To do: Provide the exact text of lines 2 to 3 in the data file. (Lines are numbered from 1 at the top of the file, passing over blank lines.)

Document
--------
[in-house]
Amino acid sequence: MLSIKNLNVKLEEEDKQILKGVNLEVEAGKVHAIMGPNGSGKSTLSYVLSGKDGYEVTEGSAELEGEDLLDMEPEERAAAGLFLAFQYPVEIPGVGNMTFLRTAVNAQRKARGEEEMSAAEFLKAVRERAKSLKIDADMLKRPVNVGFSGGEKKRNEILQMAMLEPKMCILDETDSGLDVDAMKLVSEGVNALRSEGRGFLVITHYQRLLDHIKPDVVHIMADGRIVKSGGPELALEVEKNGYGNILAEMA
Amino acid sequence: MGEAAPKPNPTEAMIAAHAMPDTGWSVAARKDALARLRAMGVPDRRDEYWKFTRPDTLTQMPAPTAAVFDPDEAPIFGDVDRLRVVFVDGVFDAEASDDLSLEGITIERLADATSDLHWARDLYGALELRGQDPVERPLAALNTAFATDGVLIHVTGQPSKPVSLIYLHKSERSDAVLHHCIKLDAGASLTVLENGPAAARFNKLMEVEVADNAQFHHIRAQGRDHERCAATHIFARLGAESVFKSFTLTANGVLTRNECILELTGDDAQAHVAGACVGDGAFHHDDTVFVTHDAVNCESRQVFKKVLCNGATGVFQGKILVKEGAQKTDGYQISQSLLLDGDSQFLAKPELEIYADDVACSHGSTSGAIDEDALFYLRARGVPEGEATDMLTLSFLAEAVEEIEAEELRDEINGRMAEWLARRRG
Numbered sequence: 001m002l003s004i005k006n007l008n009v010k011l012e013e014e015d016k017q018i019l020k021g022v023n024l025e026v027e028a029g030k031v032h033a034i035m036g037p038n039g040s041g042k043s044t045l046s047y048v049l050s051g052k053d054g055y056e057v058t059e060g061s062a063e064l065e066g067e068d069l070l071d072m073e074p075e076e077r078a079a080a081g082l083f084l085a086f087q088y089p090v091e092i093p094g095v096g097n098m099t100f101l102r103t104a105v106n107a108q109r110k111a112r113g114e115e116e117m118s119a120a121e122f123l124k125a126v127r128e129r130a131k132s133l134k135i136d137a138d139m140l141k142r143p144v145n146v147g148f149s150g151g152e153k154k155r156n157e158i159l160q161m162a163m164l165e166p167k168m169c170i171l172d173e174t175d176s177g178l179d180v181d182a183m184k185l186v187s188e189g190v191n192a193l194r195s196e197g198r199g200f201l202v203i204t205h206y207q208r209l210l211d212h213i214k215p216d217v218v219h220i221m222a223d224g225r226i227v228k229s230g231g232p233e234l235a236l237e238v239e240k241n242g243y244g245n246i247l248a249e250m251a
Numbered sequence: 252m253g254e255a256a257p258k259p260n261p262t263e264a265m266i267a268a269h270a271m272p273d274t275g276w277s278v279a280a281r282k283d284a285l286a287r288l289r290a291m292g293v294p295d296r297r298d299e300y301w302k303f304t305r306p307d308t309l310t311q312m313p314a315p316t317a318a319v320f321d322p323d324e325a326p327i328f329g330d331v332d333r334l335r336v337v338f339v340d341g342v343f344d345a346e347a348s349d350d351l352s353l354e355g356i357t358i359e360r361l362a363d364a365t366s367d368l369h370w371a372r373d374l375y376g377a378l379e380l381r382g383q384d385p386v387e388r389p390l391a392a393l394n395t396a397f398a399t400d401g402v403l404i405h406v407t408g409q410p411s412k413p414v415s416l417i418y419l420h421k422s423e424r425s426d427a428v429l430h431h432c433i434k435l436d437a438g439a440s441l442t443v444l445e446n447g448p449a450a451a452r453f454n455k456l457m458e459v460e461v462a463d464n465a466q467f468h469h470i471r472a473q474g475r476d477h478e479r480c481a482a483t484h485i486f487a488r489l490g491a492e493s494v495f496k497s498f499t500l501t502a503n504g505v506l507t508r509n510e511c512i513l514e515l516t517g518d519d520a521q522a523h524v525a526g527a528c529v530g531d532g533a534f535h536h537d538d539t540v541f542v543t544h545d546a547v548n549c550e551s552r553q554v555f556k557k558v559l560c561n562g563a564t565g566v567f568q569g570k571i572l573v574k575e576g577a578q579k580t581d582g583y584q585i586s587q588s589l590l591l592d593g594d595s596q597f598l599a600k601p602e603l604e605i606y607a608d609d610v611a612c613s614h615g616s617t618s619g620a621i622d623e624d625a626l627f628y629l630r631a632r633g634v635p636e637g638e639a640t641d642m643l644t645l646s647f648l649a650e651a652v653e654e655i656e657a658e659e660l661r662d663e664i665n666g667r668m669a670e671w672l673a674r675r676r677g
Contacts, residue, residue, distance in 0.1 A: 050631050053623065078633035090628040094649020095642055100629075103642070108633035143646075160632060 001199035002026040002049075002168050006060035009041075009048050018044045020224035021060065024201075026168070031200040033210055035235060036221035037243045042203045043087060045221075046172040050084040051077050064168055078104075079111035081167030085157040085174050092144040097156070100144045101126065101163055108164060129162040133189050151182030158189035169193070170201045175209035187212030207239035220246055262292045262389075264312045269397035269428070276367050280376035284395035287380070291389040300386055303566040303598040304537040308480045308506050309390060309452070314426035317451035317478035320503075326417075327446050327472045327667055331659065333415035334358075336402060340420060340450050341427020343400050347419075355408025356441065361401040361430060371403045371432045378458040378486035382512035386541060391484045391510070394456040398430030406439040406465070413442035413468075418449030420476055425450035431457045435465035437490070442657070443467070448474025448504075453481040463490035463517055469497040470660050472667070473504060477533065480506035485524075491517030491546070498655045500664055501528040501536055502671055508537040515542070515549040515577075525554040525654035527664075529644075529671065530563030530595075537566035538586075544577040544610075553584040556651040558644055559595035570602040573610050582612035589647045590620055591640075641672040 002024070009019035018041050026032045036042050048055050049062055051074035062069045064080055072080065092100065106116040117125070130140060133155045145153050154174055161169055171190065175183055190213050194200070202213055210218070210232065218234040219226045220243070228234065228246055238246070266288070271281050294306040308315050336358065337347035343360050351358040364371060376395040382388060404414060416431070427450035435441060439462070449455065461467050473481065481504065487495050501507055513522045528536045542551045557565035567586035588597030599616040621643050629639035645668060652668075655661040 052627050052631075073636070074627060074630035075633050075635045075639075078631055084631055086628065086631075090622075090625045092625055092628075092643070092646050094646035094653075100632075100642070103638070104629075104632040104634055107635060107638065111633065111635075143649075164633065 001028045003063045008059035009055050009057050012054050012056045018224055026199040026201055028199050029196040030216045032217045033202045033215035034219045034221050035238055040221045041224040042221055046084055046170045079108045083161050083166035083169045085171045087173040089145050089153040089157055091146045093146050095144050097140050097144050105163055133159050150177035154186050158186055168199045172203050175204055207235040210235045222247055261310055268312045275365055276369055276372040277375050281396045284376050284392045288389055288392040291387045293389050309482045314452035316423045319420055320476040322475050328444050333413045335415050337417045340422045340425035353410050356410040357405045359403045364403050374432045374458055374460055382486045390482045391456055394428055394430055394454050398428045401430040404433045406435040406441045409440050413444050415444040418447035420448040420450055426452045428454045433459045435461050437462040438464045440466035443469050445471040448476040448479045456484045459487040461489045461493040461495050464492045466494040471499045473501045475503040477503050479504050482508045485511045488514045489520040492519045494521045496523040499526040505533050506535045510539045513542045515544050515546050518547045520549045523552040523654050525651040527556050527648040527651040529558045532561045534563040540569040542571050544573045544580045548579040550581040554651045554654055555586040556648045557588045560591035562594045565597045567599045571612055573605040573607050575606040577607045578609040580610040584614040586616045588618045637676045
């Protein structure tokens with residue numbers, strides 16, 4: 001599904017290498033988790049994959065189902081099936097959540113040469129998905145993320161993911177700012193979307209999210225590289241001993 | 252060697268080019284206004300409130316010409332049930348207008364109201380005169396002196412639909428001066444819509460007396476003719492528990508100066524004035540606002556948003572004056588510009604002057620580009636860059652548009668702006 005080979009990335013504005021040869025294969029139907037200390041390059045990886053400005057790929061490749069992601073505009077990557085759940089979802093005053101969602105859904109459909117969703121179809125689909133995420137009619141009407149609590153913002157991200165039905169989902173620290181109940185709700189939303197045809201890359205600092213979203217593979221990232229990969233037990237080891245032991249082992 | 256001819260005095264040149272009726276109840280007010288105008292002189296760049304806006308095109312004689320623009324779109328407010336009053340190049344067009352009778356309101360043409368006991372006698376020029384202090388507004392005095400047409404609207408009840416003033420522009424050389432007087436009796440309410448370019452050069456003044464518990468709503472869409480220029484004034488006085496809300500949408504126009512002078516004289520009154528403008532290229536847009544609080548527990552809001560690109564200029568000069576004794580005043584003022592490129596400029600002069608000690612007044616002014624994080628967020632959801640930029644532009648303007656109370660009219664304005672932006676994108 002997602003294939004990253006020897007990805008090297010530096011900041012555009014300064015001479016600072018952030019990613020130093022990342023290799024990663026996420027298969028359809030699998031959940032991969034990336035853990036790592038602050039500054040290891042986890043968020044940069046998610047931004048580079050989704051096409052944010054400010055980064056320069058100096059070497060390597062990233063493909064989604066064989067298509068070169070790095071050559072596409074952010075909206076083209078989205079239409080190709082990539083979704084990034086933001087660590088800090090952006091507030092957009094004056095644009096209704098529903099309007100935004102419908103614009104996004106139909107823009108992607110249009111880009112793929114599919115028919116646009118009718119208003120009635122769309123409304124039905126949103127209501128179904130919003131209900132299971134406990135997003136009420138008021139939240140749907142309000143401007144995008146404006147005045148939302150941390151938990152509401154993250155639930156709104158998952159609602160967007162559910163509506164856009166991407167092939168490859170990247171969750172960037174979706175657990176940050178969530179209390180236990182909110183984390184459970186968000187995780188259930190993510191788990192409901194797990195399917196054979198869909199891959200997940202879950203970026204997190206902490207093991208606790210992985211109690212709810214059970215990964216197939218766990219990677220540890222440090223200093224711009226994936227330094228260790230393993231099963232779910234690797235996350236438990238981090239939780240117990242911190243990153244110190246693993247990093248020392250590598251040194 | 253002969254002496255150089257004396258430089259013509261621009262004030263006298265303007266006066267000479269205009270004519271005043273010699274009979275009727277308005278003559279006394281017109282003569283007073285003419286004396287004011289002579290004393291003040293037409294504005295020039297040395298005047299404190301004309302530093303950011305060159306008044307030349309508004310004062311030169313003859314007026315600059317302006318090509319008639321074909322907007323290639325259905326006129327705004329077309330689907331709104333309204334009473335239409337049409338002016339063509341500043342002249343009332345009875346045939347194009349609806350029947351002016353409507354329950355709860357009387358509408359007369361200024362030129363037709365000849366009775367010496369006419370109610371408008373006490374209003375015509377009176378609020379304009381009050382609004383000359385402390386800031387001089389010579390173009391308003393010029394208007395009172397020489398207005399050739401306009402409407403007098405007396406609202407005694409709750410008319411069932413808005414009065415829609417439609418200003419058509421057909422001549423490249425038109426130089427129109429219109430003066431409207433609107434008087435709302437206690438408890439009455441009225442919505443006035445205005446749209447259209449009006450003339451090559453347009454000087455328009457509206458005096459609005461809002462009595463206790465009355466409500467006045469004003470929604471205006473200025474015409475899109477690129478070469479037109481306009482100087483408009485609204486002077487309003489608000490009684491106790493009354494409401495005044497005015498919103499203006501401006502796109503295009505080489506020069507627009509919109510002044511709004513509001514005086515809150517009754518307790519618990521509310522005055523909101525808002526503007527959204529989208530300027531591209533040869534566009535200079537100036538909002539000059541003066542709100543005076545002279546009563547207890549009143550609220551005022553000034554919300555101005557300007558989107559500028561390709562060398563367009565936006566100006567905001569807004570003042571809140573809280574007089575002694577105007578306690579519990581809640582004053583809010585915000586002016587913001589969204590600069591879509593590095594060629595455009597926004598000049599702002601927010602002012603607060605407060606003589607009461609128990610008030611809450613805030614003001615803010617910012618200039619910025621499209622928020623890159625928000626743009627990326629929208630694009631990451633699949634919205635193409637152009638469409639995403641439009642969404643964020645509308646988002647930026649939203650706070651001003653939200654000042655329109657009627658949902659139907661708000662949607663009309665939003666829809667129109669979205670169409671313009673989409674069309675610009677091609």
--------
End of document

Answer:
Amino acid sequence: MLSIKNLNVKLEEEDKQILKGVNLEVEAGKVHAIMGPNGSGKSTLSYVLSGKDGYEVTEGSAELEGEDLLDMEPEERAAAGLFLAFQYPVEIPGVGNMTFLRTAVNAQRKARGEEEMSAAEFLKAVRERAKSLKIDADMLKRPVNVGFSGGEKKRNEILQMAMLEPKMCILDETDSGLDVDAMKLVSEGVNALRSEGRGFLVITHYQRLLDHIKPDVVHIMADGRIVKSGGPELALEVEKNGYGNILAEMA
Amino acid sequence: MGEAAPKPNPTEAMIAAHAMPDTGWSVAARKDALARLRAMGVPDRRDEYWKFTRPDTLTQMPAPTAAVFDPDEAPIFGDVDRLRVVFVDGVFDAEASDDLSLEGITIERLADATSDLHWARDLYGALELRGQDPVERPLAALNTAFATDGVLIHVTGQPSKPVSLIYLHKSERSDAVLHHCIKLDAGASLTVLENGPAAARFNKLMEVEVADNAQFHHIRAQGRDHERCAATHIFARLGAESVFKSFTLTANGVLTRNECILELTGDDAQAHVAGACVGDGAFHHDDTVFVTHDAVNCESRQVFKKVLCNGATGVFQGKILVKEGAQKTDGYQISQSLLLDGDSQFLAKPELEIYADDVACSHGSTSGAIDEDALFYLRARGVPEGEATDMLTLSFLAEAVEEIEAEELRDEINGRMAEWLARRRG